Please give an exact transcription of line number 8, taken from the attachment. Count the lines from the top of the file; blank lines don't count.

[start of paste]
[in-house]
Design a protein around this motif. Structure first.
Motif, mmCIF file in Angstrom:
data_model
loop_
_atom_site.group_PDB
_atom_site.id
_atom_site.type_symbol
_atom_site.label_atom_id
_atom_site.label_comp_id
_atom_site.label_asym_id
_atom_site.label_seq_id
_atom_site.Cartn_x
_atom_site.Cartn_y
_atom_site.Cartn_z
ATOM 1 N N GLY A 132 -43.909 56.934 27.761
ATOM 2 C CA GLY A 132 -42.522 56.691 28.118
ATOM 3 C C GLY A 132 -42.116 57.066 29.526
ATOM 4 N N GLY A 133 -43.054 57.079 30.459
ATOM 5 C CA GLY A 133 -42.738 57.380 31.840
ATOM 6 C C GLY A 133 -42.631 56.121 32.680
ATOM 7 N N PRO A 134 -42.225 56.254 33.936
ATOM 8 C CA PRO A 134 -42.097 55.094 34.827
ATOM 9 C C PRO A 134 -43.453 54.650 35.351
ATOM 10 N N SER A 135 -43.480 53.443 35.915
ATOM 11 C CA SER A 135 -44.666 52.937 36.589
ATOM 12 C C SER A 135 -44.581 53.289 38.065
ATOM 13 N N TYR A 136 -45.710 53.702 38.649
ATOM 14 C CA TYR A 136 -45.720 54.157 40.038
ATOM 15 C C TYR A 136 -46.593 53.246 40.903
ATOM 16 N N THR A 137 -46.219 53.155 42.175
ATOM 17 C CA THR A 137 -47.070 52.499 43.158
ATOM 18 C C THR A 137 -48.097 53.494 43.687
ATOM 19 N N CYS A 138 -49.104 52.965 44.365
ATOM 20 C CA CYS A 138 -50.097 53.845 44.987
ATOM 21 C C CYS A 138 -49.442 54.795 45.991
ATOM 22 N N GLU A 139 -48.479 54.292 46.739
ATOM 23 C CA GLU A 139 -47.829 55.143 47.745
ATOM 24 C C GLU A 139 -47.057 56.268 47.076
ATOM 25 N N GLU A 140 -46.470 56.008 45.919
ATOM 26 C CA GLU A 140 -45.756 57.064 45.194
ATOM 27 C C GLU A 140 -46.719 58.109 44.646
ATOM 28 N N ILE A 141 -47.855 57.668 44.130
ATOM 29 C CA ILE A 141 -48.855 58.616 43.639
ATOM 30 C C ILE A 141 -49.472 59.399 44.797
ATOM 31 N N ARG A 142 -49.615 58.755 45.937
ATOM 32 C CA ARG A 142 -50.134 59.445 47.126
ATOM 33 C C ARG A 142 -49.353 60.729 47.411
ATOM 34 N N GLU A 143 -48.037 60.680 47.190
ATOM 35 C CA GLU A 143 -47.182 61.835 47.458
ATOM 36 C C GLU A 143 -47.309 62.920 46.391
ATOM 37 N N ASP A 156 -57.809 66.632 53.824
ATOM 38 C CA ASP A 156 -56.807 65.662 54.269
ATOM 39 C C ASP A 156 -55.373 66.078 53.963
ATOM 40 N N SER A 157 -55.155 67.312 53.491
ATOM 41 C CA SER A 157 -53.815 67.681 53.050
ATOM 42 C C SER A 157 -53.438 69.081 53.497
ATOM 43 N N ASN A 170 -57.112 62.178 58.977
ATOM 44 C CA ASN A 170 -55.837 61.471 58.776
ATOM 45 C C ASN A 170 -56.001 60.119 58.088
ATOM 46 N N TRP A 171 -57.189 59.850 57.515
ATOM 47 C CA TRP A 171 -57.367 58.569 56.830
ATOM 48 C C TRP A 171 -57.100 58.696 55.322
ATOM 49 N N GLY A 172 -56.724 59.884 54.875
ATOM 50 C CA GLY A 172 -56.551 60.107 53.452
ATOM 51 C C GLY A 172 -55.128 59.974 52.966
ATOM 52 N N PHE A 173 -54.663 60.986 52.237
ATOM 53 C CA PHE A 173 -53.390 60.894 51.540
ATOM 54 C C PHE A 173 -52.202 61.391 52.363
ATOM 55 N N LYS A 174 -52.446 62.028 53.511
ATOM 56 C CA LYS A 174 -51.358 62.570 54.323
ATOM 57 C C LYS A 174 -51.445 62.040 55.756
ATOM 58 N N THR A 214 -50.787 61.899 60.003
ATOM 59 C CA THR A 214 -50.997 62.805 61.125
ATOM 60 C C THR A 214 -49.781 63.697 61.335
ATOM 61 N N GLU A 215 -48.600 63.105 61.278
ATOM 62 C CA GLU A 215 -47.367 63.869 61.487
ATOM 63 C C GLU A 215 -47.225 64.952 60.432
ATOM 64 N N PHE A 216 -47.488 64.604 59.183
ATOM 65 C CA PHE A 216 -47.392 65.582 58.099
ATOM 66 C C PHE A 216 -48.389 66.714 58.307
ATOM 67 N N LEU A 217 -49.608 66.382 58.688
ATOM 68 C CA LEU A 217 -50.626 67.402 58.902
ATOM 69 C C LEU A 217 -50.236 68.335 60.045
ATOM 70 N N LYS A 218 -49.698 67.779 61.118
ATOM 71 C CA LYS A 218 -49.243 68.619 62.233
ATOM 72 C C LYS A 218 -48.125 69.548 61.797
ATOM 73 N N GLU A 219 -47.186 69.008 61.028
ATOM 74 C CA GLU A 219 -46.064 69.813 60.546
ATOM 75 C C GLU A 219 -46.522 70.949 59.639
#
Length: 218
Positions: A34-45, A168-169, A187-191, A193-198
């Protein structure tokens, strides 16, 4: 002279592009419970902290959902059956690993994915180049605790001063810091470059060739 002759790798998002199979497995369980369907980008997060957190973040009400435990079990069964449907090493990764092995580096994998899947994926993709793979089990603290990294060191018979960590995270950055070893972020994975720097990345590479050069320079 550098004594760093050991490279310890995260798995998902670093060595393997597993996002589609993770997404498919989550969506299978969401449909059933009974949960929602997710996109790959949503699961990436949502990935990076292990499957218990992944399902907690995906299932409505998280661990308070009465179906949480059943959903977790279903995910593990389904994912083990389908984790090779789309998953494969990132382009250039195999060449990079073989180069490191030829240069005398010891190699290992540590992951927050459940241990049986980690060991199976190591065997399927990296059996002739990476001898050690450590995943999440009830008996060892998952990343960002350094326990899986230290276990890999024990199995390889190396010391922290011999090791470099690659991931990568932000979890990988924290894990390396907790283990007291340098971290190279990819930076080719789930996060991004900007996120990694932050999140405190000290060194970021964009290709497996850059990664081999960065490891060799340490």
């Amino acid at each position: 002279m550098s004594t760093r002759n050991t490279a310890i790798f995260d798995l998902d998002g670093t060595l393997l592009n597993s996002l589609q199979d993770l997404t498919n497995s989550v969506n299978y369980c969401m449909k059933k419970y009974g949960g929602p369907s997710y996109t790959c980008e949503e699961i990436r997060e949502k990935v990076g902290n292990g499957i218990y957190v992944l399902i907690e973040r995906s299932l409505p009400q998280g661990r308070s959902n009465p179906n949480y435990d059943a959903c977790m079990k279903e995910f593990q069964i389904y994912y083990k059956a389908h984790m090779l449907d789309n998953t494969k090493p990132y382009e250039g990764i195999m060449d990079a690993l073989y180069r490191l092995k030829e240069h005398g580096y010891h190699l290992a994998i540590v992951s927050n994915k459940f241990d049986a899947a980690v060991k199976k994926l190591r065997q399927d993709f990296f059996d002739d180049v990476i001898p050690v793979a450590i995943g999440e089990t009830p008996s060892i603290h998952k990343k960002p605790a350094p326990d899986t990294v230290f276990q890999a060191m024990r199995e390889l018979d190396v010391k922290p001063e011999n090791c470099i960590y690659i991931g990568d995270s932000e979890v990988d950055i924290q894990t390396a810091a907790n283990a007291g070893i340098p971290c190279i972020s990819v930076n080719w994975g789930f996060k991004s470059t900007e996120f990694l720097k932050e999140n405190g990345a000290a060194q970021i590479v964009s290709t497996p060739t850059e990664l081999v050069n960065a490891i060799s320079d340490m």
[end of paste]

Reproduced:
_atom_site.type_symbol